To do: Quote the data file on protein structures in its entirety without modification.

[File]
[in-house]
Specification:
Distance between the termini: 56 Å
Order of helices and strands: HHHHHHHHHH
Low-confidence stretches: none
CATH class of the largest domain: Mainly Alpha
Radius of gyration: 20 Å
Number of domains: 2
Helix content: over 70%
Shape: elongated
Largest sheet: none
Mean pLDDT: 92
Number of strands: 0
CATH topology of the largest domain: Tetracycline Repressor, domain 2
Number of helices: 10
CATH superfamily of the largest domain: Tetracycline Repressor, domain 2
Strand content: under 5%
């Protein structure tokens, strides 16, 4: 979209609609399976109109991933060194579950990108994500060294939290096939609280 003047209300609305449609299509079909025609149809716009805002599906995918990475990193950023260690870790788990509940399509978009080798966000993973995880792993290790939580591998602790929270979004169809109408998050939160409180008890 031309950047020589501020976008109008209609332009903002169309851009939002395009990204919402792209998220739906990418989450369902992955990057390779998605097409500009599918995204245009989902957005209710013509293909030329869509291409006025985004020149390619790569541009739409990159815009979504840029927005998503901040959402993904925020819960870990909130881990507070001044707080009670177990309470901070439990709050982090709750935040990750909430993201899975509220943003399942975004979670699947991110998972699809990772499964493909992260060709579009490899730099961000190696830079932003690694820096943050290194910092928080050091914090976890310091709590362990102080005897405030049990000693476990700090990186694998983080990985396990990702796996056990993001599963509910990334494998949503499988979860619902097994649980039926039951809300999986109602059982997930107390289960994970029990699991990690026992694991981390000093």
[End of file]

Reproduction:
[in-house]
Specification:
Distance between the termini: 56 Å
Order of helices and strands: HHHHHHHHHH
Low-confidence stretches: none
CATH class of the largest domain: Mainly Alpha
Radius of gyration: 20 Å
Number of domains: 2
Helix content: over 70%
Shape: elongated
Largest sheet: none
Mean pLDDT: 92
Number of strands: 0
CATH topology of the largest domain: Tetracycline Repressor, domain 2
Number of helices: 10
CATH superfamily of the largest domain: Tetracycline Repressor, domain 2
Strand content: under 5%
């Protein structure tokens, strides 16, 4: 979209609609399976109109991933060194579950990108994500060294939290096939609280 003047209300609305449609299509079909025609149809716009805002599906995918990475990193950023260690870790788990509940399509978009080798966000993973995880792993290790939580591998602790929270979004169809109408998050939160409180008890 031309950047020589501020976008109008209609332009903002169309851009939002395009990204919402792209998220739906990418989450369902992955990057390779998605097409500009599918995204245009989902957005209710013509293909030329869509291409006025985004020149390619790569541009739409990159815009979504840029927005998503901040959402993904925020819960870990909130881990507070001044707080009670177990309470901070439990709050982090709750935040990750909430993201899975509220943003399942975004979670699947991110998972699809990772499964493909992260060709579009490899730099961000190696830079932003690694820096943050290194910092928080050091914090976890310091709590362990102080005897405030049990000693476990700090990186694998983080990985396990990702796996056990993001599963509910990334494998949503499988979860619902097994649980039926039951809300999986109602059982997930107390289960994970029990699991990690026992694991981390000093």